Russia Reports Q Fever Cases

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Q fever
Source: Freepik

The Russian region of Rostov Oblast has reported 19 cases of the zoonotic disease Q fever, also called coxiellosis.

In an interview with the state-affiliated media RIA Novosti, Svetlana Nenadskaya reported that the Rostov region has registered 19 cases of Q fever this year. The head of the epidemiological surveillance department of the regional Rospotrebnadzor further added that the last recorded outbreak in the region occurred in 2001-20002. It is unclear what caused the recent surge in cases.

This year, 19 laboratory-confirmed cases of coxiellosis [Q fever] have been registered in the Salsky and Remontnensky districts of the Rostov region… The last time this disease was recorded in the region was in 2001-2002.

Svetlana Nenadskaya, head of the epidemiological surveillance department of the regional Rospotrebnadzor

Agriculture Workers Most at Risk

The bacteria Coxiella burnetii is responsible for causing Q fever. It is commonly found in farm animals such as goats, cattle, and sheep. Ixodid and argas ticks also serve as a reservoir for the bacteria. Animal birth products (placenta, amniotic fluid), milk, urine, and faeces can contain the bacteria. Humans are generally infected from inhaling barnyard dust contaminated with infected animal products. Hence, veterinarians, farmers, and meatpacking workers are most commonly affected. Moreover, drinking unpasteurized milk can also transmit the bacteria to humans.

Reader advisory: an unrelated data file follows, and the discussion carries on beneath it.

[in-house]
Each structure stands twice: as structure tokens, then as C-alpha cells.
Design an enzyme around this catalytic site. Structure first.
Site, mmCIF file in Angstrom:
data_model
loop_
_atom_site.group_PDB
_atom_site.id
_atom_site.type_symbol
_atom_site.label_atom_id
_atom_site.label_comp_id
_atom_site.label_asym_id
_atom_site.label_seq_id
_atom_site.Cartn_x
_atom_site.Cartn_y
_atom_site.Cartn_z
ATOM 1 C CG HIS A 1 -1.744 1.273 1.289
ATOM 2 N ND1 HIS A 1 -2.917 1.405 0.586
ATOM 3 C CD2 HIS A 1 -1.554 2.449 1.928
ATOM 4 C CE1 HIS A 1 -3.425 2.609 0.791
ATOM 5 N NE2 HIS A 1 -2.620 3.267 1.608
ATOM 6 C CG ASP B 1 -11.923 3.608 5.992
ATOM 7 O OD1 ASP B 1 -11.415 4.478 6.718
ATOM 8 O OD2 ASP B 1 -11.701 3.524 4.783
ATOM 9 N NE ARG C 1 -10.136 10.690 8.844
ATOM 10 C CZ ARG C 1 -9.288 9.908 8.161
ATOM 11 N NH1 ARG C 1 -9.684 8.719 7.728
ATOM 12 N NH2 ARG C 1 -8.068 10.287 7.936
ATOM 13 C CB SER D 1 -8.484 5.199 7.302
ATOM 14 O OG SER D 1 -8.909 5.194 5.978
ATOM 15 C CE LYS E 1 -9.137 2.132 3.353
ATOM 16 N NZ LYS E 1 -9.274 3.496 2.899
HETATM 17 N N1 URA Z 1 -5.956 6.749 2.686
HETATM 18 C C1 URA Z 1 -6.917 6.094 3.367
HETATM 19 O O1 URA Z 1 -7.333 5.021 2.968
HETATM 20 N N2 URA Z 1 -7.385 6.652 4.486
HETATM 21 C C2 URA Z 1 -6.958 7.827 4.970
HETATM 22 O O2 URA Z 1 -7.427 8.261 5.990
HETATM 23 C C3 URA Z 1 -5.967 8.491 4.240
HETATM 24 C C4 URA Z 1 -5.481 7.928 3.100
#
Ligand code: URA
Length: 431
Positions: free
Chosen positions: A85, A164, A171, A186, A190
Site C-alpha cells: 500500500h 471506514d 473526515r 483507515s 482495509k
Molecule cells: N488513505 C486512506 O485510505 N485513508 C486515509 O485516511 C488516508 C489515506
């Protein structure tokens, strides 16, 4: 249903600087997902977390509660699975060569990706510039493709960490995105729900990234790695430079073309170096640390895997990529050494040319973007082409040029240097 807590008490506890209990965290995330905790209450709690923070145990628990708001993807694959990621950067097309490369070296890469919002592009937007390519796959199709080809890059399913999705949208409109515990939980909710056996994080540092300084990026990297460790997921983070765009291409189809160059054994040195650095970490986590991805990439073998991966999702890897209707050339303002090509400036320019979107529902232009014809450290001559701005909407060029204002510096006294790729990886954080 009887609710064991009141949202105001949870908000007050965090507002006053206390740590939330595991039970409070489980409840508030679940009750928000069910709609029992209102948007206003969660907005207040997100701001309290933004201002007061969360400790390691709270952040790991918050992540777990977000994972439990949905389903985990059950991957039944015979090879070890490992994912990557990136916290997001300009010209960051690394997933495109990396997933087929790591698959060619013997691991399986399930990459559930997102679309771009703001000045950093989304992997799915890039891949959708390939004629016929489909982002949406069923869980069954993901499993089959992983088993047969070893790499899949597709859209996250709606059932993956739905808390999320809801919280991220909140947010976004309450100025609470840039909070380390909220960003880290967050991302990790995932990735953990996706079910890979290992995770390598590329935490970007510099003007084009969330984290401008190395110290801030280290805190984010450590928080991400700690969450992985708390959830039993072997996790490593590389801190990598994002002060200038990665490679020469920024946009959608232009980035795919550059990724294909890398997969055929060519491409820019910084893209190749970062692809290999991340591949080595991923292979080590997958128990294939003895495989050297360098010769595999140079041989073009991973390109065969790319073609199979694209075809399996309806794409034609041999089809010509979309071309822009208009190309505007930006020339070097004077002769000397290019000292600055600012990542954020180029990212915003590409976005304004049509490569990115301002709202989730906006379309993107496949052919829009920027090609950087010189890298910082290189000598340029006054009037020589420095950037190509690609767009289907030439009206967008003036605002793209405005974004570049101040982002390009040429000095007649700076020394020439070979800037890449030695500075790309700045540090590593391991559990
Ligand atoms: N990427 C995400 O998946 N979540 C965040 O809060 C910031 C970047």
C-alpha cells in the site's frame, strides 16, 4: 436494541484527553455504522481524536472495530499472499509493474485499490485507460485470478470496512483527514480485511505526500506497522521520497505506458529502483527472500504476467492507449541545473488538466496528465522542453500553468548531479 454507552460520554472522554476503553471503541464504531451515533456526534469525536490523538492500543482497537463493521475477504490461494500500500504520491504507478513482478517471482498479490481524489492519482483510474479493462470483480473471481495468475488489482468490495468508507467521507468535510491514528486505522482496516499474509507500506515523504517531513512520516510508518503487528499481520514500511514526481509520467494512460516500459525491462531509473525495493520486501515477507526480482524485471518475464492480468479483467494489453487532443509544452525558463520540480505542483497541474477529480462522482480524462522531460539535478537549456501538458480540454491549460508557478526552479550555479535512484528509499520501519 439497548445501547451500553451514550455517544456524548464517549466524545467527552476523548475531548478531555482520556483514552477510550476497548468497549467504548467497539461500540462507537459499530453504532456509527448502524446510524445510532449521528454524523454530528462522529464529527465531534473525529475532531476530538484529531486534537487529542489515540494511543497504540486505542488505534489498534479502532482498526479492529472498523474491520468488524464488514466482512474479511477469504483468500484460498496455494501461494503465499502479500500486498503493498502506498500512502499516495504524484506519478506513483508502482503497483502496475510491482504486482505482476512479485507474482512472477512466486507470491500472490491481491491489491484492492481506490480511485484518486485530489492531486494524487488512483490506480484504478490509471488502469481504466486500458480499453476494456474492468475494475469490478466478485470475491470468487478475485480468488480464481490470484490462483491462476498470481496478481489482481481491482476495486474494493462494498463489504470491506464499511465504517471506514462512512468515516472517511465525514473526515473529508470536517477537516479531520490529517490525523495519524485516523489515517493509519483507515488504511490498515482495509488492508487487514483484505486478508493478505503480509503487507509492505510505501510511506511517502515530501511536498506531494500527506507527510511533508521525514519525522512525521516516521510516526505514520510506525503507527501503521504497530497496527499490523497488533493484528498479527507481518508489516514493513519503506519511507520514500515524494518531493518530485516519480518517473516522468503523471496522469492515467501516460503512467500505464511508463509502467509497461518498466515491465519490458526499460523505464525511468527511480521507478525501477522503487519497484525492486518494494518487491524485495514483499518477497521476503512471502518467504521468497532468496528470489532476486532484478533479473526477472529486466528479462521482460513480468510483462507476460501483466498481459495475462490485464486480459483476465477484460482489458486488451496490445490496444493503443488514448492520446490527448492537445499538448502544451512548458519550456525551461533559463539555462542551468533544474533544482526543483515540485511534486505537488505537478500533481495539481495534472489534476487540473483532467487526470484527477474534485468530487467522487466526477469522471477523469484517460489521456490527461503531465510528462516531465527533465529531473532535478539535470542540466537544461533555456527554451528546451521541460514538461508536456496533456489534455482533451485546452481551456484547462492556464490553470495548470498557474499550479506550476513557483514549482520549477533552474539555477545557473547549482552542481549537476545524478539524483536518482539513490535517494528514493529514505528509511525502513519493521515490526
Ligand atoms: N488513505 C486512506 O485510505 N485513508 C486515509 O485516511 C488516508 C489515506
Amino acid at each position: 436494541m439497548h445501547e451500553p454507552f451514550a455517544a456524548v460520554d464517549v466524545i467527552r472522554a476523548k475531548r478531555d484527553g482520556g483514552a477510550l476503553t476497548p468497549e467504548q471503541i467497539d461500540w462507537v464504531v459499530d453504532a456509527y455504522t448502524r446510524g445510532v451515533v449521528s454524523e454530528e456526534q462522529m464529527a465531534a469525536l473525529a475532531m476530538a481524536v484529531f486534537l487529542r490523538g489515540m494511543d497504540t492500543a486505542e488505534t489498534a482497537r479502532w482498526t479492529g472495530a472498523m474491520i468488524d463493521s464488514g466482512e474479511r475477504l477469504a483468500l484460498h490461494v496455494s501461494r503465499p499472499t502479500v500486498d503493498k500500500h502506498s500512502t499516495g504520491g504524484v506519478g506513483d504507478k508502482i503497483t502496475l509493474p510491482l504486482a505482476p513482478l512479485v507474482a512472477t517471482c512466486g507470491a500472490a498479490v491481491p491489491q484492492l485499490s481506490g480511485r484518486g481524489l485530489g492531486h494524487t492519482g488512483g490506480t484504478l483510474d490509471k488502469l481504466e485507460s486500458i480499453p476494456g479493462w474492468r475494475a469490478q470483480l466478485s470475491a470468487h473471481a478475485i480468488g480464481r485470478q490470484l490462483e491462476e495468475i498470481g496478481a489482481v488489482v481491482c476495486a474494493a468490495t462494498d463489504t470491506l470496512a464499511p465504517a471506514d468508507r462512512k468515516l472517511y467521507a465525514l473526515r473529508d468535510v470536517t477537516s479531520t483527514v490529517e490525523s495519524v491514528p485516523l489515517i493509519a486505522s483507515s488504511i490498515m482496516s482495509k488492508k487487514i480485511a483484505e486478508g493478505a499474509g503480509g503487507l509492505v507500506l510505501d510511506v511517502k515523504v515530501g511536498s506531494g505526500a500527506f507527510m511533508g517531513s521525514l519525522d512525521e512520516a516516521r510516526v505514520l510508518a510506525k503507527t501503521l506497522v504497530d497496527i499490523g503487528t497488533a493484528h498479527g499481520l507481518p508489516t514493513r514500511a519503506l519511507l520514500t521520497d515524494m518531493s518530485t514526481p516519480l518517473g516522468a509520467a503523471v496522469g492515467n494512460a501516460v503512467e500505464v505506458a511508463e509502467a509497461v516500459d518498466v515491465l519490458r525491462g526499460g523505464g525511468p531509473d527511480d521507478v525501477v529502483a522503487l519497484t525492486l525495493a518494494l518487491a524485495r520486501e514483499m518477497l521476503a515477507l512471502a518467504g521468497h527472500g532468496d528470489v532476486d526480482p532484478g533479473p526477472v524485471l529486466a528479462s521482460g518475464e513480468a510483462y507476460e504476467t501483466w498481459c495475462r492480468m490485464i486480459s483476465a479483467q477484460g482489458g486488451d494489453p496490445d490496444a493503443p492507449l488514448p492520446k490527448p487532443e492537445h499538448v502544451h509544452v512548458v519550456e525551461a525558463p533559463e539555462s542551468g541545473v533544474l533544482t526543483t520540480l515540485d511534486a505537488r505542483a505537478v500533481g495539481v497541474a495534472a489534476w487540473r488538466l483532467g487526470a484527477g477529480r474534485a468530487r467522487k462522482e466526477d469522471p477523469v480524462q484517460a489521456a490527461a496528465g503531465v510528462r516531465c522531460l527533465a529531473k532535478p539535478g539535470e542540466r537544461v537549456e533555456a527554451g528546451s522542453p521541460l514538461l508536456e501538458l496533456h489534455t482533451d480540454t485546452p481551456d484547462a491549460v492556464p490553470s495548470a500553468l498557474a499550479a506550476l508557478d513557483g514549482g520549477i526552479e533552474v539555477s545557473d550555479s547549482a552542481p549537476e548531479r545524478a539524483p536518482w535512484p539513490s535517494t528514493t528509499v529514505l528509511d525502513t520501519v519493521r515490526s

While most people remain asymptomatic, some can develop a flu-like illness. The symptoms typically begin 2-3 weeks after exposure. These include a high fever, severe headache, chills, cough, fatigue, nausea and vomiting. In severe diseases, people can also develop pneumonia or hepatitis. Moreover, a small percentage of people develop chronic Q fever which can turn into endocarditis. Endocarditis can present with shortness of breath, night sweats, fatigue, weight loss, and swelling of limbs. People with weak immune systems, heart valve disease or any heart abnormalities are at higher risk of chronic Q fever. 

Although antibiotics are available for the disease, most people recover without any treatment. However, those with a severe infection of chronic Q fever require weeks or months long antibiotic treatment.

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